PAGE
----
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Nicholas Larkin , Phoebe Sedgman09 Jul 2013 14:39
Gold prices have increased partly on the back of rising inflation data from China. (AFP)
China’s consumer price index rose 2.7% from a year earlier, the National Bureau of Statistics said on Tuesday, compared with a median estimate of 2.5% in a Bloomberg survey. Bullion rose 1.1% yesterday as the dollar retreated from a three-year high against six currencies.
Gold’s drop this year spurred physical buying, according to T&K Futures and Options.
Gold slid 25% this year, wiping $61.2-billion from the value of gold exchange-traded product holdings, after some investors lost faith in the metal as a store of value as the US federal reserve said it may slow bond buying this year.
Expectations for gains in US consumer prices, as measured by the break-even rate for 10-year Treasury Inflation Protected Securities, fell 15% this year.
“We have seen again some good demand and some fresh speculative buying on the back of the Chinese inflation figures,” David Govett, head of precious metals at Marex Spectron Group in London, said on Tuesday in a report. “We are still seeing some good physical demand down at these levels.”
Gold for immediate delivery rose 1.6% to $1 256.34 an ounce by 9.40am in London. Prices reached $1 260.70, the highest since July 2. Bullion for August delivery gained 1.6% to $1 254.50 on the Comex in New York. Futures trading volume was 30% above the average in the past 100 days for this time of day, according to data compiled by Bloomberg.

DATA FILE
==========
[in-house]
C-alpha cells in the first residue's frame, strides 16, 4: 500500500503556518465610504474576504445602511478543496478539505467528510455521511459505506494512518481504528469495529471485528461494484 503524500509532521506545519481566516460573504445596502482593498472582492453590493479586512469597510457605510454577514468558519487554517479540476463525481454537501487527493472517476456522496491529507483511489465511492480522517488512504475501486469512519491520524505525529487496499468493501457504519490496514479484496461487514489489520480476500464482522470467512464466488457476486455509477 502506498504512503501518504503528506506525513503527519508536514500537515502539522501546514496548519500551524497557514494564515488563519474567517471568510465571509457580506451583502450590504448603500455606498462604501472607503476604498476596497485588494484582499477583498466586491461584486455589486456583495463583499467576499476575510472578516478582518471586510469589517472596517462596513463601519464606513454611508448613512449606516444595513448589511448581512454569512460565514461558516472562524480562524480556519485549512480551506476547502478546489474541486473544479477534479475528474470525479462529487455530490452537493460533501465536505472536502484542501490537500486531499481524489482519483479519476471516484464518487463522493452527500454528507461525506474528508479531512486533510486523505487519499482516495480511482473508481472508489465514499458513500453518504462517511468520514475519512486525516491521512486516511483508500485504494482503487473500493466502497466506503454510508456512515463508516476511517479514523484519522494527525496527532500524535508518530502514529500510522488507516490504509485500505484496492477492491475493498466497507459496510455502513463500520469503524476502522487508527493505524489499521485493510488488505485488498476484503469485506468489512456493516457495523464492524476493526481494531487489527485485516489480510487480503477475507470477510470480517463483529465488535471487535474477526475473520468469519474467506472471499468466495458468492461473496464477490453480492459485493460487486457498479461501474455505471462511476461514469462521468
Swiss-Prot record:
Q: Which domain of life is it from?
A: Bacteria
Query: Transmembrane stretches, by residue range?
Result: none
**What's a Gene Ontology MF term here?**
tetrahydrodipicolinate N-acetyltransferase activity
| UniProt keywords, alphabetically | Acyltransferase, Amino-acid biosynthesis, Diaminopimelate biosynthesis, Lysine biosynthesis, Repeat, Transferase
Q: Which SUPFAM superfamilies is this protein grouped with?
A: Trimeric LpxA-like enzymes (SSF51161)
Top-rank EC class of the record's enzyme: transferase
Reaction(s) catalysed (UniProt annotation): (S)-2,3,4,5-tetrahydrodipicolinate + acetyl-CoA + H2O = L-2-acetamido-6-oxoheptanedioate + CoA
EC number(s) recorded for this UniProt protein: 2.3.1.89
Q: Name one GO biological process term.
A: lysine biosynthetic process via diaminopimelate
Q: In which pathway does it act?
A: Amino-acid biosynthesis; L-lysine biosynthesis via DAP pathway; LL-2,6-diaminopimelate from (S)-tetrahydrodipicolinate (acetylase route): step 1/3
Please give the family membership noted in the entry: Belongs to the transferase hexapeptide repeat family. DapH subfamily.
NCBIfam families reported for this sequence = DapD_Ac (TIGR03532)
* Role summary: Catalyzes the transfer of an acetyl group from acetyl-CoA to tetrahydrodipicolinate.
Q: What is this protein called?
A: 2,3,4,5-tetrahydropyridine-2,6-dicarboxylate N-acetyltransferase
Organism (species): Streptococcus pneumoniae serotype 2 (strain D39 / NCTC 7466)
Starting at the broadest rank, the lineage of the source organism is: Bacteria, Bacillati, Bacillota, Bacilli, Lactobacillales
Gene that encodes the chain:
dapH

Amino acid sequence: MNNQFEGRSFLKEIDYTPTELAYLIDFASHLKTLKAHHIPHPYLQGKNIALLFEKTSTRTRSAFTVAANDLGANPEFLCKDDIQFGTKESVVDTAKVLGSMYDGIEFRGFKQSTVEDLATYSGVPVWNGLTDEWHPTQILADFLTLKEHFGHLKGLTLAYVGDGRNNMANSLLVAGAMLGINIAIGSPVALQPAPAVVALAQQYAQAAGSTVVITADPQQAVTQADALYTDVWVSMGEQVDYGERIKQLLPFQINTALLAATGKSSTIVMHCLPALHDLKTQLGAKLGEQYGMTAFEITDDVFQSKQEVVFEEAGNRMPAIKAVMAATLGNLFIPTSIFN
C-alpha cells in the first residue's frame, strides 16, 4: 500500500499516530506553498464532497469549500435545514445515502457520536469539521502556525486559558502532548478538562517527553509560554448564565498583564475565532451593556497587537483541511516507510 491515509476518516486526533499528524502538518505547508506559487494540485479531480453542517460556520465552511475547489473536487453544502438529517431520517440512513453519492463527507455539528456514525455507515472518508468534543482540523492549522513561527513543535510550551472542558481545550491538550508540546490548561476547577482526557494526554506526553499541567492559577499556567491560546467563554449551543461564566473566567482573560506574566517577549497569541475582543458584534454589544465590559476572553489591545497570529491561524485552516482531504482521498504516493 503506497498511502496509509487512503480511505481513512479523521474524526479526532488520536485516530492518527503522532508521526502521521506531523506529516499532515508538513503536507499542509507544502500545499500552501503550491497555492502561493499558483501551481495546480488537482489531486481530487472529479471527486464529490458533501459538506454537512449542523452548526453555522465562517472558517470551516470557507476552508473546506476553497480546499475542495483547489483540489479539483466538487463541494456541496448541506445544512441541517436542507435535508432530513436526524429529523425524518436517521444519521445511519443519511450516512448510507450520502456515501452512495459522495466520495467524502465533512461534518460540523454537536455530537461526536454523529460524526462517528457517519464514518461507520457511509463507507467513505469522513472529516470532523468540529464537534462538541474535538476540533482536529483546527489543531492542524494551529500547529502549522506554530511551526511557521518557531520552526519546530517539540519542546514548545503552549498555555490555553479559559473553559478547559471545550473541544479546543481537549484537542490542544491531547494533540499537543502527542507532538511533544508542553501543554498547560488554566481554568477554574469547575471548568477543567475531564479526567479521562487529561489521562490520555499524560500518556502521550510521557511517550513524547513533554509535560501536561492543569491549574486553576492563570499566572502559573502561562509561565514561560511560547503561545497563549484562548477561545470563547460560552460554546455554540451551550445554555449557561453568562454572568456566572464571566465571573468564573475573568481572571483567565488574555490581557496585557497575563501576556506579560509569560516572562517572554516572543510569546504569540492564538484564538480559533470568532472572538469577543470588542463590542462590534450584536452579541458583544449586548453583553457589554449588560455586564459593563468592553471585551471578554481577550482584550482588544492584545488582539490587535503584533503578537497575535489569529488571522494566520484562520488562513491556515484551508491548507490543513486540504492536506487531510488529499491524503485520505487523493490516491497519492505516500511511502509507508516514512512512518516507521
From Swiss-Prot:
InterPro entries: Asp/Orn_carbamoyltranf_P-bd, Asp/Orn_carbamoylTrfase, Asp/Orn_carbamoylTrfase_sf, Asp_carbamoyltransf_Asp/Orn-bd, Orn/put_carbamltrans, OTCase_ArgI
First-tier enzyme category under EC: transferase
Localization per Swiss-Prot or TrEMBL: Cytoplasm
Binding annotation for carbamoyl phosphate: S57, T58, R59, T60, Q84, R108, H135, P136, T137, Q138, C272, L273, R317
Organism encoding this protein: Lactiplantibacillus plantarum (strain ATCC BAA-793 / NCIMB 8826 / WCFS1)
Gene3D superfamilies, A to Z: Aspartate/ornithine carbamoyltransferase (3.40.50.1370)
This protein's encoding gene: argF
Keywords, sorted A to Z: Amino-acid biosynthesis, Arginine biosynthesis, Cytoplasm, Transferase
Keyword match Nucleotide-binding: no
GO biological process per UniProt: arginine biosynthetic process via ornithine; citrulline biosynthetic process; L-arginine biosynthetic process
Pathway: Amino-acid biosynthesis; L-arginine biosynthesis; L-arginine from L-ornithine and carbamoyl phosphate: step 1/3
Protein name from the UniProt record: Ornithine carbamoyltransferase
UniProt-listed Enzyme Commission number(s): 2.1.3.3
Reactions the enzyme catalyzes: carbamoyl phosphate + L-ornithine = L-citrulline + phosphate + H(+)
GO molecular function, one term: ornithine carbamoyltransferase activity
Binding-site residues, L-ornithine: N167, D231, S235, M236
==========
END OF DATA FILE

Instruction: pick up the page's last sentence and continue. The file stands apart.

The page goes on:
Gold as much as doubled from 2008 to a record $1 921.15 in September 2011 as the US central bank led nations in cutting interest rates and buying debt. Gold exchange-traded products holdings fell to 1 993.8 metric tonnes on Monday, falling below 2 000 tonnes for the first time since May 2010, according to data compiled by the Bloomberg show.
“The near-term outlook for gold remains downbeat,” Andrey Kryuchenkov, an analyst at VTB Capital in London, said on Tuesday in a report. “Subdued inflation pressures in the US, a stronger dollar, reduced macro risks, the uncertainty over the quantitative-easing finishing line and expectations of a gradual gain in global growth rates are all likely to further deter market participants from committing to gold.”
Silver for immediate delivery, rose 1.6% to $19 4062 an ounce in London. It’s the worst performer in the Standard & Poor’s GSCI gauge of 24 commodities this year. Palladium added 0.7% to $701.88 an ounce and traded above its 200-day moving average today for the first time since June 19. Platinum gained 0.7% to $1 368.93 an ounce in London.
Miners at Anglo American Platinum, the world’s biggest producer, returned to work following a strike, Bongeka Lwana, a spokesperson for the company, said in an emailed statement today. About 5 600 workers went on strike at two of the company’s mines in South Africa, demanding that suspended union officials were reinstated and planned job cuts scrapped. – Bloomberg
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